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Remarks at the International Republican Institute's Women's Democracy Network

Paula J. Dobriansky, Under Secretary for Democracy and Global Affairs
Remarks at Jeane Kirkpatrick Awards Dinner
Washington, DC
March 6, 2008

Good evening, distinguished guests and Members of the Board of the International Republican Institute. Thank you, Lorne, for that warm introduction. It’s an honor to be with you this evening.

I’d also like to thank Judy Van Rest and Gretchen Birkle for pulling together tonight’s celebration and for your important work on the Women’s Democracy Network, which was founded at the time of the 2005 International Women’s Day Events hosted by First Lady Laura Bush and Secretary Rice. It has been a real privilege for me to be involved in this initiative, which offers a dynamic path-breaking opportunity to link women from around the globe to collaborate together in the common cause of freedom. I’d also like to acknowledge Barbara Haig, Vice President of the National Endowment for Democracy, who is with us this evening and who was also a founding member of this network.

I am incredibly honored to receive the first Jeanne Kirkpatrick Award from IRI. Ambassador Kirkpatrick was a personal role model and hero for me throughout my professional career in foreign policy, because she showed that it was possible to be tough and effective in the foreign policy arena by using the power of our values and our personal connections to the issues we care about.

I was privileged to have the opportunity to work with her in many different incarnations over the years, and was always struck by her common sense, straight talk, love of country, and compassion. She stood up for American values and was proud to serve her country in whatever way she was asked. I am humbled to follow in the footsteps of this great woman. She was a champion of freedom and human rights.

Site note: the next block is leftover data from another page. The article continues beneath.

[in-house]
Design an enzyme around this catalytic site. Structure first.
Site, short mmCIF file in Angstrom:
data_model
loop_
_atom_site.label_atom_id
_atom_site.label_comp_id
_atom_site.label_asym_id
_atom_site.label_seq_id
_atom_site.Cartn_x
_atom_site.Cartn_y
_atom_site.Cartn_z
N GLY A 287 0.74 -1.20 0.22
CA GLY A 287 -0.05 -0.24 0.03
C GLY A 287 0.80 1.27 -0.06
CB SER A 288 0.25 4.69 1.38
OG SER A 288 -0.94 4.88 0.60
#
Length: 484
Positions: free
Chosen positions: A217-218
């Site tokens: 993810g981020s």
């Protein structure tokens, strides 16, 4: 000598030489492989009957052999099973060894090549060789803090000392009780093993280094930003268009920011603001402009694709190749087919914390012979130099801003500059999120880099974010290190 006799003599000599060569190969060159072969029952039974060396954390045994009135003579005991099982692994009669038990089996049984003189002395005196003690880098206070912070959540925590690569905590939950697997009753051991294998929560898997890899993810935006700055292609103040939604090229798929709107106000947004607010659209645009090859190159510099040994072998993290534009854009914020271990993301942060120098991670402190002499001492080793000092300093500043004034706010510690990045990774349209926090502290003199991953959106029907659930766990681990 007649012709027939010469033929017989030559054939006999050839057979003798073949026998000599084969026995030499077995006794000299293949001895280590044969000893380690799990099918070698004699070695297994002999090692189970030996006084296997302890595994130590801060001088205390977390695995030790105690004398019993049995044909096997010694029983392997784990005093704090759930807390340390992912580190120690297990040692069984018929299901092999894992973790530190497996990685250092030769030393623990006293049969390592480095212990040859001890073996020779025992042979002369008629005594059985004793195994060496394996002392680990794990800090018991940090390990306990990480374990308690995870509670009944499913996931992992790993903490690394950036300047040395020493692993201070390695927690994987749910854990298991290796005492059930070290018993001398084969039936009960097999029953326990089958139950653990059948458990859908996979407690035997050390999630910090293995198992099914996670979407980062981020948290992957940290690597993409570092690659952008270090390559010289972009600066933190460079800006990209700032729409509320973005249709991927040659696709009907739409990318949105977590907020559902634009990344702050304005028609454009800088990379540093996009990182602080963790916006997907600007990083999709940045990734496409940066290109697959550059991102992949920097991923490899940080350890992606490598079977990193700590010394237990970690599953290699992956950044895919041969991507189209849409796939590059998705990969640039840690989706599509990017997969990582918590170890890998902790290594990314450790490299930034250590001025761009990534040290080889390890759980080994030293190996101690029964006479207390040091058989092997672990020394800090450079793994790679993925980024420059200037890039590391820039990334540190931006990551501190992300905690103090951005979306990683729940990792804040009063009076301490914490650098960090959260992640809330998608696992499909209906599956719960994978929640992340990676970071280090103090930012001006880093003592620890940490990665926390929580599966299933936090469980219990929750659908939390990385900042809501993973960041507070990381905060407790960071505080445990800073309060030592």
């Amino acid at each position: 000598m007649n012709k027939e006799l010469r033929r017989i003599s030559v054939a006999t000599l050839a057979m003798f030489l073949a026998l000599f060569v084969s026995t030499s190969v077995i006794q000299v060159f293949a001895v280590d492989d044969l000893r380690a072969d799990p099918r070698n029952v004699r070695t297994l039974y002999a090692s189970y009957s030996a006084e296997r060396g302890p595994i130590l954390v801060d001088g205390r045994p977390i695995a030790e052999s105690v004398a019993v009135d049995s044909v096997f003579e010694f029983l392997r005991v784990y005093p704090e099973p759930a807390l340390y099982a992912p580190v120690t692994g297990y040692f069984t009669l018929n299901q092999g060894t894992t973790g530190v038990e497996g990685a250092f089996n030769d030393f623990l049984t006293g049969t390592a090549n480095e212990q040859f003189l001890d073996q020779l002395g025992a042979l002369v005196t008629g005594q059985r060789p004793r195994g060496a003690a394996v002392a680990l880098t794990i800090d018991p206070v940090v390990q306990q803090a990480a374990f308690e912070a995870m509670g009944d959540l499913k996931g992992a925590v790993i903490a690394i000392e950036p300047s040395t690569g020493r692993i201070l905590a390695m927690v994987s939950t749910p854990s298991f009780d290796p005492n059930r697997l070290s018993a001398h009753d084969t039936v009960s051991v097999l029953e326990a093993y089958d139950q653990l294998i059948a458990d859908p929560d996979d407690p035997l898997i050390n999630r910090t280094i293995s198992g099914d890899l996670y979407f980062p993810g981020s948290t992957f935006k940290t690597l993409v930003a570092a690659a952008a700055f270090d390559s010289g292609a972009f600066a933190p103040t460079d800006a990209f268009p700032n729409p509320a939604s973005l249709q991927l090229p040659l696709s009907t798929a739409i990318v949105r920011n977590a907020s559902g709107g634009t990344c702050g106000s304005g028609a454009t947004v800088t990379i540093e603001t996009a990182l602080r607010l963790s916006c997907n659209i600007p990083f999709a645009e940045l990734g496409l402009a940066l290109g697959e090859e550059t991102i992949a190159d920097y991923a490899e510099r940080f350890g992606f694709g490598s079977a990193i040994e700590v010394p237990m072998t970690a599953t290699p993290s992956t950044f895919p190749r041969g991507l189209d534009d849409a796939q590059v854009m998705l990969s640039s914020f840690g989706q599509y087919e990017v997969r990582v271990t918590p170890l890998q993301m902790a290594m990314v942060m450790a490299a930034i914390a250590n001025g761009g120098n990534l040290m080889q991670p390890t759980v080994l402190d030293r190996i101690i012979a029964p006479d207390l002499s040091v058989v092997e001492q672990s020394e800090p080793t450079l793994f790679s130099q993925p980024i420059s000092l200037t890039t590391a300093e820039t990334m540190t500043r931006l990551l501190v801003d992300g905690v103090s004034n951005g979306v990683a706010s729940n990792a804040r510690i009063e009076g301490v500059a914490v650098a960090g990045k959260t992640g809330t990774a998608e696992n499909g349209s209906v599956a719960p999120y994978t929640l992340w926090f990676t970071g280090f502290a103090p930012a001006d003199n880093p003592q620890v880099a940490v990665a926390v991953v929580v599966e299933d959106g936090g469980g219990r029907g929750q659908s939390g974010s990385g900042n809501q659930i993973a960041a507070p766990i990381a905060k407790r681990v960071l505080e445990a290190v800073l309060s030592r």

I am also humbled to share this award with two amazing women – Nang Charm Tong and Nang Yain.

Having seen Charm Tong and her colleagues in action on other occasions, I have no doubt about the ultimate outcome of Burma’s struggle for democracy, human rights and national reconciliation.

I first came in contact with Burma’s dramatic struggle for democracy as it was unfolding on the streets of Rangoon and Mandalay in 1988. I was inspired by the passionate commitment to democracy among those university students – too many of whom paid the ultimate price for freedom that still eludes Burma.

Michele Bohana is in the audience – she always talks about the “sisterhood” that serves as the global support network for Burma’s democracy movement, especially our “sisters” inside Burma who lead that movement: women like Su Su New, Nilar Thein, Phyu Phyu Thin, and the countless other brave women who keep Burma’s Revolution of the Spirit alive.

In the U.S., there are many supportive groups and dedicated individuals working for change in Burma, including Mrs. Laura Bush. Since arriving at the White House, Mrs. Bush has undertaken countless effective efforts to improve the lives of men, women, and children in Burma. She is a defender of human rights, democracy, and education and a supporter of courageous reformers -- reformers like Aung San Sui Kyi, who has spent years in prison or under house arrest for her efforts to bring democracy to Burma.